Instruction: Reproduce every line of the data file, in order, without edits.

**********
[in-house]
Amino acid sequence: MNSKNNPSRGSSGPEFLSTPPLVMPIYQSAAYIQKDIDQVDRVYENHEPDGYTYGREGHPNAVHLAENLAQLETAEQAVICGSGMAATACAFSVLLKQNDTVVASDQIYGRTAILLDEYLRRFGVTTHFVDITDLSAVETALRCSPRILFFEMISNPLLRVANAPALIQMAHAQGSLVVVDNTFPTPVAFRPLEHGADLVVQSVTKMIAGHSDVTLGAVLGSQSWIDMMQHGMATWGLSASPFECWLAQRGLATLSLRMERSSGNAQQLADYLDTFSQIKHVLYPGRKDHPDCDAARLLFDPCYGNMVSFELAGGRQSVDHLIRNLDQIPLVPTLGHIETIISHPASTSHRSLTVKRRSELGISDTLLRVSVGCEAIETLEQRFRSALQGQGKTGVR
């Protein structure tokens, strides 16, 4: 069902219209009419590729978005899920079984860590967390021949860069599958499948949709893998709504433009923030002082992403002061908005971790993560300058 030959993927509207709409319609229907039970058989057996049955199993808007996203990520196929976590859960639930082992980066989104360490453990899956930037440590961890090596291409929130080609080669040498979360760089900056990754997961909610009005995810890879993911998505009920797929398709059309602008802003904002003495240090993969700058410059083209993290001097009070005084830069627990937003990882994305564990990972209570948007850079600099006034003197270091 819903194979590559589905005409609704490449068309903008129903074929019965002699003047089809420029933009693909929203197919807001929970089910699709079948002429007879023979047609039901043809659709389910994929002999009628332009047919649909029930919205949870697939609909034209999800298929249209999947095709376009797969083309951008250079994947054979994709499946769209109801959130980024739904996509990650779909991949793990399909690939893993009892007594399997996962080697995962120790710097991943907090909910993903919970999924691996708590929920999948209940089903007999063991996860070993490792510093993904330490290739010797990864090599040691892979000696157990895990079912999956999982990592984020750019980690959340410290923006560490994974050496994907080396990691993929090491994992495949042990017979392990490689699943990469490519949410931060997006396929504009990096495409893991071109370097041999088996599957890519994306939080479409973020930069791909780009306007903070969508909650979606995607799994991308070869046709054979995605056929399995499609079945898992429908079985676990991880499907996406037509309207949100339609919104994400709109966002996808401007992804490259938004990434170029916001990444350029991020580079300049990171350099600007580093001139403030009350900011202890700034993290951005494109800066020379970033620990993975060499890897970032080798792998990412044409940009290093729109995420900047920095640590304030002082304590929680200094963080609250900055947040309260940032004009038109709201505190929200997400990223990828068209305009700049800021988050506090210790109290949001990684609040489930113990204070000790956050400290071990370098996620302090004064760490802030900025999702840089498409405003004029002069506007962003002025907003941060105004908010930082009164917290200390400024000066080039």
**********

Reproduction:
[in-house]
Amino acid sequence: MNSKNNPSRGSSGPEFLSTPPLVMPIYQSAAYIQKDIDQVDRVYENHEPDGYTYGREGHPNAVHLAENLAQLETAEQAVICGSGMAATACAFSVLLKQNDTVVASDQIYGRTAILLDEYLRRFGVTTHFVDITDLSAVETALRCSPRILFFEMISNPLLRVANAPALIQMAHAQGSLVVVDNTFPTPVAFRPLEHGADLVVQSVTKMIAGHSDVTLGAVLGSQSWIDMMQHGMATWGLSASPFECWLAQRGLATLSLRMERSSGNAQQLADYLDTFSQIKHVLYPGRKDHPDCDAARLLFDPCYGNMVSFELAGGRQSVDHLIRNLDQIPLVPTLGHIETIISHPASTSHRSLTVKRRSELGISDTLLRVSVGCEAIETLEQRFRSALQGQGKTGVR
């Protein structure tokens, strides 16, 4: 069902219209009419590729978005899920079984860590967390021949860069599958499948949709893998709504433009923030002082992403002061908005971790993560300058 030959993927509207709409319609229907039970058989057996049955199993808007996203990520196929976590859960639930082992980066989104360490453990899956930037440590961890090596291409929130080609080669040498979360760089900056990754997961909610009005995810890879993911998505009920797929398709059309602008802003904002003495240090993969700058410059083209993290001097009070005084830069627990937003990882994305564990990972209570948007850079600099006034003197270091 819903194979590559589905005409609704490449068309903008129903074929019965002699003047089809420029933009693909929203197919807001929970089910699709079948002429007879023979047609039901043809659709389910994929002999009628332009047919649909029930919205949870697939609909034209999800298929249209999947095709376009797969083309951008250079994947054979994709499946769209109801959130980024739904996509990650779909991949793990399909690939893993009892007594399997996962080697995962120790710097991943907090909910993903919970999924691996708590929920999948209940089903007999063991996860070993490792510093993904330490290739010797990864090599040691892979000696157990895990079912999956999982990592984020750019980690959340410290923006560490994974050496994907080396990691993929090491994992495949042990017979392990490689699943990469490519949410931060997006396929504009990096495409893991071109370097041999088996599957890519994306939080479409973020930069791909780009306007903070969508909650979606995607799994991308070869046709054979995605056929399995499609079945898992429908079985676990991880499907996406037509309207949100339609919104994400709109966002996808401007992804490259938004990434170029916001990444350029991020580079300049990171350099600007580093001139403030009350900011202890700034993290951005494109800066020379970033620990993975060499890897970032080798792998990412044409940009290093729109995420900047920095640590304030002082304590929680200094963080609250900055947040309260940032004009038109709201505190929200997400990223990828068209305009700049800021988050506090210790109290949001990684609040489930113990204070000790956050400290071990370098996620302090004064760490802030900025999702840089498409405003004029002069506007962003002025907003941060105004908010930082009164917290200390400024000066080039």